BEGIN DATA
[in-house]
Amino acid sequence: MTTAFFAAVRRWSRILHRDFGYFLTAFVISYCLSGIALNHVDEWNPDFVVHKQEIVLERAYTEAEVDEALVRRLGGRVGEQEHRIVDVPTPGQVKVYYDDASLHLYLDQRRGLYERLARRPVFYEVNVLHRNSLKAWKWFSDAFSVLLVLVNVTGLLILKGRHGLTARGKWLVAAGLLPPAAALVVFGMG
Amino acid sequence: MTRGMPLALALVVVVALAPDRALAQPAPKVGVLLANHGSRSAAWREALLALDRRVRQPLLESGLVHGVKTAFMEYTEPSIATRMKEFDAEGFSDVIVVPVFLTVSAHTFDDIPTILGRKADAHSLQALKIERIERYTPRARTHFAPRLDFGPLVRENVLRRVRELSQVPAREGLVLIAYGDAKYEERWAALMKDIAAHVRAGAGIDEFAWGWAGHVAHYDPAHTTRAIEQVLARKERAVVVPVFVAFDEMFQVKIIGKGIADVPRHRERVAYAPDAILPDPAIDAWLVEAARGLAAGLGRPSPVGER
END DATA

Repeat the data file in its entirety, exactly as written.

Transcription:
[in-house]
Amino acid sequence: MTTAFFAAVRRWSRILHRDFGYFLTAFVISYCLSGIALNHVDEWNPDFVVHKQEIVLERAYTEAEVDEALVRRLGGRVGEQEHRIVDVPTPGQVKVYYDDASLHLYLDQRRGLYERLARRPVFYEVNVLHRNSLKAWKWFSDAFSVLLVLVNVTGLLILKGRHGLTARGKWLVAAGLLPPAAALVVFGMG
Amino acid sequence: MTRGMPLALALVVVVALAPDRALAQPAPKVGVLLANHGSRSAAWREALLALDRRVRQPLLESGLVHGVKTAFMEYTEPSIATRMKEFDAEGFSDVIVVPVFLTVSAHTFDDIPTILGRKADAHSLQALKIERIERYTPRARTHFAPRLDFGPLVRENVLRRVRELSQVPAREGLVLIAYGDAKYEERWAALMKDIAAHVRAGAGIDEFAWGWAGHVAHYDPAHTTRAIEQVLARKERAVVVPVFVAFDEMFQVKIIGKGIADVPRHRERVAYAPDAILPDPAIDAWLVEAARGLAAGLGRPSPVGER